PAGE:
Archive for February 27th, 2014

Stop, Thief!

He stole music from all and sundry, sometimes even himself – and then produced masterpieces from his swagbag. Michael Oliver looks at music’s greatest thief: Handel.

Any musical pedant will tell you that the first four notes of the opening theme of Beethoven’s Eroica Symphony are identical to the first four notes of the overture to Mozart’s opera Bastien und Bastienne. Plagiarism? Coincidence, more likely: both figures are simple arrangements of the notes of a common chord, the sort of thing that might occur to any composer almost by accident: you’ll find exactly the same pattern in the first movement of Handel’s Organ Concerto Op. 4 No. 4, in what we used to call ‘Haydn’s Toy Symphony‘ and in Strauss’s Salome. A case that’s almost as famous, but much more interesting, is a song that Liszt wrote around 1845 which contains, note for note, the pregnant phrase that Wagner, twenty years later, used to open his Tristan und Isolde. Here it’s a case, I suspect, of great minds thinking alike: the two were very close, personally and musically (especially after Wagner became Liszt’s son-in-law), and Wagner acknowledged Liszt’s influence on him (it was mutual).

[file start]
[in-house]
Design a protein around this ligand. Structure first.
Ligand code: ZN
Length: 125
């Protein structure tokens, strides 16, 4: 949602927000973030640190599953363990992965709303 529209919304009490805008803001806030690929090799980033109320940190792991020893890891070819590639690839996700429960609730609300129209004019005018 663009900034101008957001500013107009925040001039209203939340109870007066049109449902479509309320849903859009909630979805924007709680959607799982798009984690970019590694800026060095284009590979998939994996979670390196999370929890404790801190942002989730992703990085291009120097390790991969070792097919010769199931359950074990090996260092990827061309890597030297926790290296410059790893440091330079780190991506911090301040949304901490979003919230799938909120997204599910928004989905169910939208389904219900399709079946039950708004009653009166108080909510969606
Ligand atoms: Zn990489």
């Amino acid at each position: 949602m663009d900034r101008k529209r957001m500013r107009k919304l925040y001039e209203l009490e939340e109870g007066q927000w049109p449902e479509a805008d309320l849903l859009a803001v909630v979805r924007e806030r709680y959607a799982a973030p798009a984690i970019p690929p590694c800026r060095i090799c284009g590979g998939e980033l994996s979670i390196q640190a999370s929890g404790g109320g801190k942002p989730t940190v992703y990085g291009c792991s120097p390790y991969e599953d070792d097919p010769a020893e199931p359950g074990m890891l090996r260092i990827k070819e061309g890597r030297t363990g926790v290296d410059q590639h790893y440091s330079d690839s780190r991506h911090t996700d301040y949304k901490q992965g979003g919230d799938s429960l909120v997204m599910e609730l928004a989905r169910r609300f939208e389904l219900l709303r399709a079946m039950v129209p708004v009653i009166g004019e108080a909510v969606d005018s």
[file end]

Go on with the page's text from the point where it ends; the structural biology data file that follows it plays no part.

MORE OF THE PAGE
But these are isolated incidents: you’ll search in vain in most musical dictionaries for an article on plagiarism because there are so few serious cases of it among great composers. With one exception: George Frideric Handel. Whole books have been written about his ‘borrowings’, and new examples of his light-fingered way with other composers’ music are still being discovered.

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